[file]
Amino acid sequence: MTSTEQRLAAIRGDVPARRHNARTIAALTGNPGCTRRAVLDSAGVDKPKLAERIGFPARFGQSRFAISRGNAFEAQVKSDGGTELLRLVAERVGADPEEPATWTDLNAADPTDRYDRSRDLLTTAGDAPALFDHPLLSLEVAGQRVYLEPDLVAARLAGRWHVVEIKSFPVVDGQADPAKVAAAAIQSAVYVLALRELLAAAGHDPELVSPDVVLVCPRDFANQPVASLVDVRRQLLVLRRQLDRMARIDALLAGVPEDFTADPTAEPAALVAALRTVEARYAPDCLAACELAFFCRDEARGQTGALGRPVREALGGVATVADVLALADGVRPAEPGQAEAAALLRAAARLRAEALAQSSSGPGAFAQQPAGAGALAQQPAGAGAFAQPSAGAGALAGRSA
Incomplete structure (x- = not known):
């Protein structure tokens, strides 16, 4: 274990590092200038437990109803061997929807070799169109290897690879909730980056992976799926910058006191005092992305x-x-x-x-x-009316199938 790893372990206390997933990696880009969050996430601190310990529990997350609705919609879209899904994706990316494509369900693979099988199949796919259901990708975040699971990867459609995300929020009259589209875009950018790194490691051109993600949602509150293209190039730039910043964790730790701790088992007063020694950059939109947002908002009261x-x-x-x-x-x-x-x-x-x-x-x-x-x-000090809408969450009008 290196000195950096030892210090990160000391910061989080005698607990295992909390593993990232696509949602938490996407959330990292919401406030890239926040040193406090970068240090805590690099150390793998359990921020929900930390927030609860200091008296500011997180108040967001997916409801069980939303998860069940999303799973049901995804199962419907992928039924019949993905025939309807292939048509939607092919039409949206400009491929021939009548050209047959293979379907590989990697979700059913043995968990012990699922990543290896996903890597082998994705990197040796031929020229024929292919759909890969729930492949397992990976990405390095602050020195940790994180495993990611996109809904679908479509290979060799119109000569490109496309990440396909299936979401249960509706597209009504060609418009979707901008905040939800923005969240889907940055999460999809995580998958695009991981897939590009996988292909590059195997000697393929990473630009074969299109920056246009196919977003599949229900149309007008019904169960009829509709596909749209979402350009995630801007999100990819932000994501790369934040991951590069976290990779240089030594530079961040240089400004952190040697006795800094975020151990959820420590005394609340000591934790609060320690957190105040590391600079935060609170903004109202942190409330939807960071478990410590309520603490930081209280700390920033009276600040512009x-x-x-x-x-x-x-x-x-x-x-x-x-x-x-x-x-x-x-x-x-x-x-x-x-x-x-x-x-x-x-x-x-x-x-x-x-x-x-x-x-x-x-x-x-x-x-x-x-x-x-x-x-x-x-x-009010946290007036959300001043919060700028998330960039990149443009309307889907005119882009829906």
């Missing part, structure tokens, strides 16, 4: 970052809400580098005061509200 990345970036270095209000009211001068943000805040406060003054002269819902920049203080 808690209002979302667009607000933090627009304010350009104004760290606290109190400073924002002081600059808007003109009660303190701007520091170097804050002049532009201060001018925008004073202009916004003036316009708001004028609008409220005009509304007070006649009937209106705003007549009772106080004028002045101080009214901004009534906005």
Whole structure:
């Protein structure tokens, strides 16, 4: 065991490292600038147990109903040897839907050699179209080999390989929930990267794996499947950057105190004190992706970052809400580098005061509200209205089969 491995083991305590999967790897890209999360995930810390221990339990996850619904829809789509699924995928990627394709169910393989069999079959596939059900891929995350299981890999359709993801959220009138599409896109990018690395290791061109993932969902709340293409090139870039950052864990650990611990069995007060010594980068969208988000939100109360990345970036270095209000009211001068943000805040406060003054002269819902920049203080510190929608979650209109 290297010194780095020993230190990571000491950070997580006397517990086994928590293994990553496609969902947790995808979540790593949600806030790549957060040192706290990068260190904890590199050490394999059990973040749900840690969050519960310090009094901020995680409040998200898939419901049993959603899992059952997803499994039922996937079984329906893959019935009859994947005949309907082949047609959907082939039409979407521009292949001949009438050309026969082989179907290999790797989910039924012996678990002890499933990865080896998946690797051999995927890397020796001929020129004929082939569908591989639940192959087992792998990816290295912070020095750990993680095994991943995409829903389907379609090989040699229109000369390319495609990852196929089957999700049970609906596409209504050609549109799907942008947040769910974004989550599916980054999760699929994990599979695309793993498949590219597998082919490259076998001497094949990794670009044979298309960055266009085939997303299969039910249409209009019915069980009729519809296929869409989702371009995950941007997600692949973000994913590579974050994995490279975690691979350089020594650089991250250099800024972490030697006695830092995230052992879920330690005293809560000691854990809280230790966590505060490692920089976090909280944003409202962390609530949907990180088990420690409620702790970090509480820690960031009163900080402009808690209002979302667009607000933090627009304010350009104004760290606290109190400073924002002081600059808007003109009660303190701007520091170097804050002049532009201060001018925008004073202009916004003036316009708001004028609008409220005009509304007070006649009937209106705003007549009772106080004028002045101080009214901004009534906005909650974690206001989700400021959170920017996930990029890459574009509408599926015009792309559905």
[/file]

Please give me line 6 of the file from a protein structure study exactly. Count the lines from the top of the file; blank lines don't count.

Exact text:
């Protein structure tokens, strides 16, 4: 065991490292600038147990109903040897839907050699179209080999390989929930990267794996499947950057105190004190992706970052809400580098005061509200209205089969 491995083991305590999967790897890209999360995930810390221990339990996850619904829809789509699924995928990627394709169910393989069999079959596939059900891929995350299981890999359709993801959220009138599409896109990018690395290791061109993932969902709340293409090139870039950052864990650990611990069995007060010594980068969208988000939100109360990345970036270095209000009211001068943000805040406060003054002269819902920049203080510190929608979650209109 290297010194780095020993230190990571000491950070997580006397517990086994928590293994990553496609969902947790995808979540790593949600806030790549957060040192706290990068260190904890590199050490394999059990973040749900840690969050519960310090009094901020995680409040998200898939419901049993959603899992059952997803499994039922996937079984329906893959019935009859994947005949309907082949047609959907082939039409979407521009292949001949009438050309026969082989179907290999790797989910039924012996678990002890499933990865080896998946690797051999995927890397020796001929020129004929082939569908591989639940192959087992792998990816290295912070020095750990993680095994991943995409829903389907379609090989040699229109000369390319495609990852196929089957999700049970609906596409209504050609549109799907942008947040769910974004989550599916980054999760699929994990599979695309793993498949590219597998082919490259076998001497094949990794670009044979298309960055266009085939997303299969039910249409209009019915069980009729519809296929869409989702371009995950941007997600692949973000994913590579974050994995490279975690691979350089020594650089991250250099800024972490030697006695830092995230052992879920330690005293809560000691854990809280230790966590505060490692920089976090909280944003409202962390609530949907990180088990420690409620702790970090509480820690960031009163900080402009808690209002979302667009607000933090627009304010350009104004760290606290109190400073924002002081600059808007003109009660303190701007520091170097804050002049532009201060001018925008004073202009916004003036316009708001004028609008409220005009509304007070006649009937209106705003007549009772106080004028002045101080009214901004009534906005909650974690206001989700400021959170920017996930990029890459574009509408599926015009792309559905």